The Get Down Review: a closer look at the series and soundtrack

The Get Down scene2

The Get Down is colourful drama with cultural and historic significance
Whenever Australian director Baz Luhrmann puts his name to a visual product as director or creator, we can be quite sure the music will be one of the fundamental elements in the product. In his Moulin Rouge his actors performed a couple of tracks and for The Great Gatsby he managed to collect an impressive list of pop stars for the soundtrack, including Beyoncé, Lana Del Rey and Jack White. His new Netflix original series The Get Down actually has both. The main roles get their musical moments and stars like Miguel, Zayn, Christina Aguilera and Janelle Monáe all delivered the goods for the soundtrack.  The series Luhrmann created and directed the first episode of, was released on the video streaming platform on the 12th of August. Here’s A Bit of Pop Music’s review of everything that went down in this interesting series so far.

Luhrmann walked around with the idea for The Get Down for at least ten years and now the first part is out there. Six episodes are on Netflix and the next part of the first season will follow in 2017, according to IMDb. The story is set in the Bronx, New York, in 1977, when there is a lot of social unrest. At the same time those are the golden days of disco and the start of the genre that we now know as hiphop. We follow the young student Ezekiel (Justice Smith) who is a gifted poet and finds out he could become an MC after he randomly meets drug dealer and street guy Shaolin Fantastic (Shameik Moore), who plans to become a successful DJ. The two team up with Ezekiel’s friends and form The Get Down Brothers. In the meantime Ezekiel’s friend and love interest Mylene (Herizen Guardiola) tries to start a career as disco diva, against the will of her religious father.

Although the series is an eclectic mix of genres and there is a wide variety of topics touched upon, every episode breathes music from start to finish. The sound editing is superb with the use of a lot of samples and more than once we get to hear and see smart cross cutting between Mylene’s singing and the boys practicing their beats and rhymes. Most episodes start with a story related rap by Nas, who voices a future Ezekiel who actually became a hiphop star and looks back on his upbringing in the Bronx through his tracks. The series brings us not one, but two delicious original disco hits, on which Chic’s Nile Rodgers contributed. They actually sound like they were successful in the 70s! The first one is Mylene’s first single in the story, ‘Set Me Free’, which is performed convincingly more than once by upcoming star Herizen Guardiola. The ‘And I will ascend above the highest of the clouds and make myself like the most high’ part is such a moment throughout the last two episodes. We also get the all sorts of brilliant ‘Telepathy’ by Christina Aguilera, which is perfectly used in a significant scene for Dizzee (Jaden Smith) in a gay club full of drag queens and voguing. Of course there is enough room for disco classics to shine as well. Both Donna Summer’s ‘Bad Girls’ and Vicki Sue Robinson’s ‘Turn The Beat Around’ perfectly set the mood.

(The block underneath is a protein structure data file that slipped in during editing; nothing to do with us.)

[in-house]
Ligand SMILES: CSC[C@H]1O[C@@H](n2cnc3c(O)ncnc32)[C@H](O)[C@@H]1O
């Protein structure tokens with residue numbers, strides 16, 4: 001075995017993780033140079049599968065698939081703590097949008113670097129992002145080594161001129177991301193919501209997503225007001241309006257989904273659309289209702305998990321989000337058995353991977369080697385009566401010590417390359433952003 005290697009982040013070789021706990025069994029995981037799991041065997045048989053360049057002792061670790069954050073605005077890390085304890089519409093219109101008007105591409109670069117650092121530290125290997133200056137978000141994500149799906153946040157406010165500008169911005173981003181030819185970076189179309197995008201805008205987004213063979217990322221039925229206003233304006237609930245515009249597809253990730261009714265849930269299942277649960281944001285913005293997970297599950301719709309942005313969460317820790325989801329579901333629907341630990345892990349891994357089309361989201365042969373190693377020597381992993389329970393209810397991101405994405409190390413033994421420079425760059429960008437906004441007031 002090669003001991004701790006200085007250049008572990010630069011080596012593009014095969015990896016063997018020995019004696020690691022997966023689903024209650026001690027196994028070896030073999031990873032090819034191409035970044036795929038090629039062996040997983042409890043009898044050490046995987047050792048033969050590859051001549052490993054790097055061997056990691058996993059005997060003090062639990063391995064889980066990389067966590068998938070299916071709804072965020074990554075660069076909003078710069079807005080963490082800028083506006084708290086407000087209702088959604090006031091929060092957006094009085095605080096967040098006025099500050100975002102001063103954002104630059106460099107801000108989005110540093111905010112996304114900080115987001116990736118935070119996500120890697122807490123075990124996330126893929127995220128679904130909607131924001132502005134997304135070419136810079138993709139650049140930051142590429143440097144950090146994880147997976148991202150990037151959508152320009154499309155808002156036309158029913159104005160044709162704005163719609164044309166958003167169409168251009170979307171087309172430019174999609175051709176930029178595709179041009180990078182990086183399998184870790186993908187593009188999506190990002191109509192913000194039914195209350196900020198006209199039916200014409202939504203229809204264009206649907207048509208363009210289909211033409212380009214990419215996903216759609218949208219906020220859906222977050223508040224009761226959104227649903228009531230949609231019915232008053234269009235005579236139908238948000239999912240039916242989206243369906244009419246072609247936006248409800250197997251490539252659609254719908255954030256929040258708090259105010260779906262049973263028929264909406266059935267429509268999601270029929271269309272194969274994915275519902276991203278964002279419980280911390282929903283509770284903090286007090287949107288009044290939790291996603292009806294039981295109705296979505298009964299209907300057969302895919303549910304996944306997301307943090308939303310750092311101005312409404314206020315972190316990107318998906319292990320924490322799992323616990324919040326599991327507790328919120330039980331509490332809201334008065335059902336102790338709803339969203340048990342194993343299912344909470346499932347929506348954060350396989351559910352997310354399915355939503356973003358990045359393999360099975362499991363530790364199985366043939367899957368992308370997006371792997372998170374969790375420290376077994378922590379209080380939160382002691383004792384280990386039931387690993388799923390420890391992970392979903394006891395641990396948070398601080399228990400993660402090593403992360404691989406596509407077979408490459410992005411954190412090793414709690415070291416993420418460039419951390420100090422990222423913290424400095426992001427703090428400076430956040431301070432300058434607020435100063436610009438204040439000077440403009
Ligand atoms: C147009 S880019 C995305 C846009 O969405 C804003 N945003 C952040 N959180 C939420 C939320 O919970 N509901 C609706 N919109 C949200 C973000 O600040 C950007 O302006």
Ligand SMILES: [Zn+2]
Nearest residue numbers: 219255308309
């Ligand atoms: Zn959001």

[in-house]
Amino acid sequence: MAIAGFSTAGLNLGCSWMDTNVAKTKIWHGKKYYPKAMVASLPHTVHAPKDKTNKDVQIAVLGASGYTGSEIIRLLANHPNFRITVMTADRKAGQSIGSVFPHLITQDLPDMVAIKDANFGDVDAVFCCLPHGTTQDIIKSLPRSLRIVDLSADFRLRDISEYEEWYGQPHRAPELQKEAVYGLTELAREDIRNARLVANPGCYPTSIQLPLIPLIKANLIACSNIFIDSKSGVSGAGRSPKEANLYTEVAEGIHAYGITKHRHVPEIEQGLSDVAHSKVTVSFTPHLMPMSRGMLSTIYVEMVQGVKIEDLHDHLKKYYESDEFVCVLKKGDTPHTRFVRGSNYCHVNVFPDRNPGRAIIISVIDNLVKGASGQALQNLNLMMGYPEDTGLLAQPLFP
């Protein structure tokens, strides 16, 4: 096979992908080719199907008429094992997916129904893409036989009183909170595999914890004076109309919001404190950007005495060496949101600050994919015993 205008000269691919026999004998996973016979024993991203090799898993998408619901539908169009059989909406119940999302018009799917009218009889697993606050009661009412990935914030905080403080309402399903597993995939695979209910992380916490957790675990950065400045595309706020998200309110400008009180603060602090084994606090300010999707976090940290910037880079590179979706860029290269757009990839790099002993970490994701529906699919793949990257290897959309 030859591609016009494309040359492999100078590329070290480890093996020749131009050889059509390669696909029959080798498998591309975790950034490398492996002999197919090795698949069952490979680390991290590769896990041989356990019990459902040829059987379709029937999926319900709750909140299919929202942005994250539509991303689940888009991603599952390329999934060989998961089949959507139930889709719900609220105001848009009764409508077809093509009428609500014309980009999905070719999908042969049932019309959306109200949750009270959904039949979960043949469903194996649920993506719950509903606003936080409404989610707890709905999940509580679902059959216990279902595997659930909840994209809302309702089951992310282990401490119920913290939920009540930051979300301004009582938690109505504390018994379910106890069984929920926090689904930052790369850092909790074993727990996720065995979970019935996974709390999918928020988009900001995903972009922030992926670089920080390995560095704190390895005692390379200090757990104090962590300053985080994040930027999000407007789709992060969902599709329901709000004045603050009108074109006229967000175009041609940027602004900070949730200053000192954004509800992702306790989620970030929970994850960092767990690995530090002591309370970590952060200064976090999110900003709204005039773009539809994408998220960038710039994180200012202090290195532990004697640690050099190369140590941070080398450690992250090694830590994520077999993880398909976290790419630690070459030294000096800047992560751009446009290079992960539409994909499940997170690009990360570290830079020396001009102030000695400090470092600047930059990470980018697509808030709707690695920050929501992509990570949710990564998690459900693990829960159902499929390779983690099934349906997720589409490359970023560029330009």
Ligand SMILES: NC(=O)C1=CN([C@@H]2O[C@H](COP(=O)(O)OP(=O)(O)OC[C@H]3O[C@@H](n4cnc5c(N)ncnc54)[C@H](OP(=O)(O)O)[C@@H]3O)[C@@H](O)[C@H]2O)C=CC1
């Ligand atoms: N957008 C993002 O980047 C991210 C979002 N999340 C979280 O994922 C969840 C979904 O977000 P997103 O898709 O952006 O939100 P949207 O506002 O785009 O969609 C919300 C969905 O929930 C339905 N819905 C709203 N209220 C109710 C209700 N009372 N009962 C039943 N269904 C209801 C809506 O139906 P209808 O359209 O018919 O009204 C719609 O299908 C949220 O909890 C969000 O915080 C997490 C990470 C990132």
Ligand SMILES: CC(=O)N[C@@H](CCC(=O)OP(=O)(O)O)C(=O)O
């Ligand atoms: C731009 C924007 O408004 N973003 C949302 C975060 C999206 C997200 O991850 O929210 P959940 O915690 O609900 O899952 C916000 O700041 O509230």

Although the cast does not exist of a lot of established big names, the acting is top notch. Herizen Guardiola and Justice Smith both shine as the charismatic couple in the main roles. Their chemistry glows off your screen and they are convincing in a moving scene where Ezekiel tells Mylene about a traumatic experience that night. Justice Smith might move your tears one more when he reads Ezekiel’s poem to his teacher. Quite the powerful moment! Jaden Smith surprisingly shines in a brave role as the slightly eccentric and creative graffiti artist Dizzee. Characters like Shoalin Fantastic and club owner Cadillac sometimes feel slightly caricatural, but this never feels out of place in the colourful and fast paced show.

Although the first 90 minutes long episode directed by Luhrmann might feel a bit fragmented and all over the place, all story lines are perfectly intertwined throughout the episodes and the other directors, Ed Bianchi, Andrew Bernstein and Michael Dinner, show true talent for cross cutting between climaxes in the stories of related characters which is a pleasure to look at. Some reviewers have already spoken about the series with terms as ‘mess’ and ‘madness’, because of the many genres the makers try to combine, but I’d say it is a refreshing sort of madness that bounces between sugary sweet romance, some raw gangster violence, musical scenes and political drama. It is a visual spectacle full of colours anyway which is quite surprising in itself with a burning ghetto as a background.

Not many have attempted to tell the story of of The Bronx in the 70s through the eyes of a group of teenage guys so it is safe to say Luhrmann presents us a brave and ambitious project with cultural and historic significance. Most storylines are fictional, but take place against a real background of poverty and unrest in New York. The Get Down takes on a lot and that might be too much for some, but it is both visually and musically a thrilling ride!

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